The albatross is a majestic seabird that, when flying free, has long symbolized good fortune to sailors. A trapped or dead albatross, however, is seen in folklore and literature as a very bad omen.
This symbolism is immortalized in the poem, “The Rime of the Ancient Mariner” by Samuel Taylor Coleridge. In the poem, the mariner kills an albatross that hops aboard his ship, and is subsequently cursed.
The Midway Atoll, located in the Pacific Ocean about halfway between North America and Asia, is home to a sizeable albatross population. However, these birds have been suffering a horrifying fate. In his collection, “Midway: Message from the Gyre,” photographer Chris Jordan shows us what is becoming of many nesting albatross chicks: they are dying as a result of eating plastic.
The stunningly sad photographs show the carcasses of albatross chicks, and the contents of their stomachs. Gazing at these poor deceased creatures, we can see that their guts are brimming with plastic odds and ends, including bottle caps, multicolored shards, and even lighters. Albatross parents find the plastic garbage in the polluted waters and shores of the Pacific while foraging for food, and because of its shiny, alluring nature, are attracted to it. They feed these plastic pieces to their babies, not knowing that they are lethal.
It’s difficult to cast blame on these albatross parents. They are birds, after all, and do not realize what they are doing. In their minds, the plastic is abundant, visually appealing, and accessible. They may think they have struck a goldmine of plentiful food for their babies: shiny, colorful, sparkly food. Sadly, they are dead wrong, and their children suffer and die as a result.
So, where do we come in? The choices of the albatross parents on Midway Atoll can serve as an extreme example of what parents in the United States, and all over the industrialized world, are doing. I’m talking about packaged, processed food, which often has little to no nutritional value, and contains a heap of harmful ingredients, additives, and byproducts. Many parents feed processed foods to their children on a regular basis.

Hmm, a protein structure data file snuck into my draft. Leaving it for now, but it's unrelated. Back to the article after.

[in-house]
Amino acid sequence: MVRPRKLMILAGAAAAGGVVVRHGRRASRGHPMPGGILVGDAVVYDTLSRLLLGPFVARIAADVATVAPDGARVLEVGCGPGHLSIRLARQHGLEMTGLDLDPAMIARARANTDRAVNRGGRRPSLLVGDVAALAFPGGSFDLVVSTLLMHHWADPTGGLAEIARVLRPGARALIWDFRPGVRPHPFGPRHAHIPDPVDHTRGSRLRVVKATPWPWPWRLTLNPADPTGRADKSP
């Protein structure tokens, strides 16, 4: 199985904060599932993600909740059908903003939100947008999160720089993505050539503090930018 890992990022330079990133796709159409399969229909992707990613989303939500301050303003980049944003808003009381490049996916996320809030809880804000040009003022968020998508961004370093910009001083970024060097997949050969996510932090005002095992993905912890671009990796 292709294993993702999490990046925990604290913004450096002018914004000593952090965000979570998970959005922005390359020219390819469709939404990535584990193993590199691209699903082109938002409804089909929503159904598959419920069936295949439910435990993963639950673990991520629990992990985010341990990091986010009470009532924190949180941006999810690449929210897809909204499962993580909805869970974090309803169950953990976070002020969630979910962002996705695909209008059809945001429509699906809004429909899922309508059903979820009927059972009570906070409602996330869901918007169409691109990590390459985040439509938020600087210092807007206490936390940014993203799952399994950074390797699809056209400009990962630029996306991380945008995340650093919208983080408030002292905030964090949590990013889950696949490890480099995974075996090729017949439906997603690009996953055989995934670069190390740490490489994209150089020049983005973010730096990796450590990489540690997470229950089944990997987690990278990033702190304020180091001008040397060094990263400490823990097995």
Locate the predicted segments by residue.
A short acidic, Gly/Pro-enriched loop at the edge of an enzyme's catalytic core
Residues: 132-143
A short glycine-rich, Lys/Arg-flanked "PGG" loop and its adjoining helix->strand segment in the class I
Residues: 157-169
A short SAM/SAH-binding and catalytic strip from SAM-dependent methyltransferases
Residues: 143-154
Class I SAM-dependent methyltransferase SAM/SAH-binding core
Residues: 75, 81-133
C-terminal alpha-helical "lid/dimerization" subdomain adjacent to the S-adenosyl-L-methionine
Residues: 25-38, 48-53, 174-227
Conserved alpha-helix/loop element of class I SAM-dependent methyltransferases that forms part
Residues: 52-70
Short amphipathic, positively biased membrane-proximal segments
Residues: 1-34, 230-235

After all, it’s cheap, convenient, tasty (addictive, even), and comes in brightly colored packages. Kids love it, and parents get to save some time and effort in preparing meals. They are lured by the cheap, accessible, shiny object, so to speak. It’s abundant, and many people eat it, so it can’t be that bad, right? This seems to be the reasoning.
However, to put it plainly, processed food is garbage. Even though it may be made from what were once fresh ingredients, the processes they undergo, and the additives and fillers they contain, leave them a far cry from a healthy food. Especially for children, whose bodies and minds are still developing, these foods can be very harmful.
Do not ignore the omen of the dead albatross on Midway Atoll. Even though it may mean taking a bit more time to prepare meals from fresh ingredients, it’s crucial to our children’s health. Do not be fooled by the accessible shiny objects posing as foods on grocery store shelves: these foods can literally kill us. Obesity, heart disease, type 2 diabetes, inflammation, and autoimmune disorders are no joke.
We are humans… let’s not act like we have a bird brain.
– Dr. Joshua Levitt